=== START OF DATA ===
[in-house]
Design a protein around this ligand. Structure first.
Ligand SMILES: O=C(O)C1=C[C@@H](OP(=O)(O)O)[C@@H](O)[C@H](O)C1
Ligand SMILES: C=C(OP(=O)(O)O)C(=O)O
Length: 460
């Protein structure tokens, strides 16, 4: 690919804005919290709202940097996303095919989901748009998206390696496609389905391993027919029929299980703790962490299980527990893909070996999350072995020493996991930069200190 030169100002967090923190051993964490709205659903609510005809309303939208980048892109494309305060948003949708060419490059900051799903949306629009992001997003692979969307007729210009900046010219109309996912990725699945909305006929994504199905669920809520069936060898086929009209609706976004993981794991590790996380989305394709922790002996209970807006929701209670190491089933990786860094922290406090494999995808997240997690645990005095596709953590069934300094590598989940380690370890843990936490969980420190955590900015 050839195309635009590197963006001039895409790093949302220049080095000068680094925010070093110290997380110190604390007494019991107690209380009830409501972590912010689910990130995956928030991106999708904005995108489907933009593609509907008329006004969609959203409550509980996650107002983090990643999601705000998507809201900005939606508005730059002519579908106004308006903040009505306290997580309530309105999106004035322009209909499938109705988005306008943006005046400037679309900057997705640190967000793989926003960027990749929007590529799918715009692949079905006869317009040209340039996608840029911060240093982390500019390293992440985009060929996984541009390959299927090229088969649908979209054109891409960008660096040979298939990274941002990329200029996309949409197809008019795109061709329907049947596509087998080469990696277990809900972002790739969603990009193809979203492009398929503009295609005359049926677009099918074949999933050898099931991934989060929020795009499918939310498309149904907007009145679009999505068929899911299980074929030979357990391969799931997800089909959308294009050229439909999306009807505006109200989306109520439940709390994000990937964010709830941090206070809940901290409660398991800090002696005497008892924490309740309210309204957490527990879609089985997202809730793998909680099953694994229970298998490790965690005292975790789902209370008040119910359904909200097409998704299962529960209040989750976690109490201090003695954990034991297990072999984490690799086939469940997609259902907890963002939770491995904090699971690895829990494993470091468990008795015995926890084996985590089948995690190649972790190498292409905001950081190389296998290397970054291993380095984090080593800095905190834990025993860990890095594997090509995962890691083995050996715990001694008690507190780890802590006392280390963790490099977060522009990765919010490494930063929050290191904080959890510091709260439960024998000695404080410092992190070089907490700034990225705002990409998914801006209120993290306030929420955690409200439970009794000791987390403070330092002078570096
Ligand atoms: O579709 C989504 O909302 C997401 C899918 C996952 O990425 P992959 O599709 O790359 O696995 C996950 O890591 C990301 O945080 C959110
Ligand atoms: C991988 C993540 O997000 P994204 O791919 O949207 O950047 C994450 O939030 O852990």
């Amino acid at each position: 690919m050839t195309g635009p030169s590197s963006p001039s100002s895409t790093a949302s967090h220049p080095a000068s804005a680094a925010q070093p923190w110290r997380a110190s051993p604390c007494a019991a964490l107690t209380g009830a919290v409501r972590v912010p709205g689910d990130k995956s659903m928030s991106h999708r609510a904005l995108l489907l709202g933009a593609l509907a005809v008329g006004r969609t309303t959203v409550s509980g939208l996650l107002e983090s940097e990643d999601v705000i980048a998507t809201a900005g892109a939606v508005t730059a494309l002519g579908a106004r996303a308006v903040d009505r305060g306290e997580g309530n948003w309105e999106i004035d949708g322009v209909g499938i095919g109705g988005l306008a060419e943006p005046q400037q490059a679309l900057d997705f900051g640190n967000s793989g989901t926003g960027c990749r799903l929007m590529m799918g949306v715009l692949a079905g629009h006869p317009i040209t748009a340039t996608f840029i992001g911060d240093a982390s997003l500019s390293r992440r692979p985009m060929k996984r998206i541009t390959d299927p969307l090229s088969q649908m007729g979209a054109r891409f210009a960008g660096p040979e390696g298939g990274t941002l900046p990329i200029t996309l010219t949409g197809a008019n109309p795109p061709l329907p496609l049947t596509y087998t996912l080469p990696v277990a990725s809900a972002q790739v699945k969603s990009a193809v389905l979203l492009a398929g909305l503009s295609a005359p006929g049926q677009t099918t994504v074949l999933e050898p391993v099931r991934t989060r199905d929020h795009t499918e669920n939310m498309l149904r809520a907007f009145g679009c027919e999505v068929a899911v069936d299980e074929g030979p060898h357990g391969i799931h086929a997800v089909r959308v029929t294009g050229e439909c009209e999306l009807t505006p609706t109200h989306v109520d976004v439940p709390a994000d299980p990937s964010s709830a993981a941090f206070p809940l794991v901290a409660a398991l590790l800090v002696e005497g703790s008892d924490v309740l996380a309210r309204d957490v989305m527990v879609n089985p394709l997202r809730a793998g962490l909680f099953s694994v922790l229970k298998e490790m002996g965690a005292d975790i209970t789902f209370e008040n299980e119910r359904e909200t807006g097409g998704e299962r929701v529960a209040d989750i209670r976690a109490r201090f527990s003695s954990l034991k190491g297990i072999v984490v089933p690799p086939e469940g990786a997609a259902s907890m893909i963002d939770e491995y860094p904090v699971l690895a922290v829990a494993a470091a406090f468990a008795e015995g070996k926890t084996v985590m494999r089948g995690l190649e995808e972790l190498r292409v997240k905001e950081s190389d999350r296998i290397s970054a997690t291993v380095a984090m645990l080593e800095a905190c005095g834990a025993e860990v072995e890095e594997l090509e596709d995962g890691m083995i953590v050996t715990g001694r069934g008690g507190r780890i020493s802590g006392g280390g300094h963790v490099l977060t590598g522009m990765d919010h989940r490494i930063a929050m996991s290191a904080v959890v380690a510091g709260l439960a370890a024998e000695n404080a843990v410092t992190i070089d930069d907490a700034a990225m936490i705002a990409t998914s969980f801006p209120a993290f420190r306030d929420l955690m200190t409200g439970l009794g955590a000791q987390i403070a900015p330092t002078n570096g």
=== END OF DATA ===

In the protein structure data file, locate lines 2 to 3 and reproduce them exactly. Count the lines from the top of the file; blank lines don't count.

Design a protein around this ligand. Structure first.
Ligand SMILES: O=C(O)C1=C[C@@H](OP(=O)(O)O)[C@@H](O)[C@H](O)C1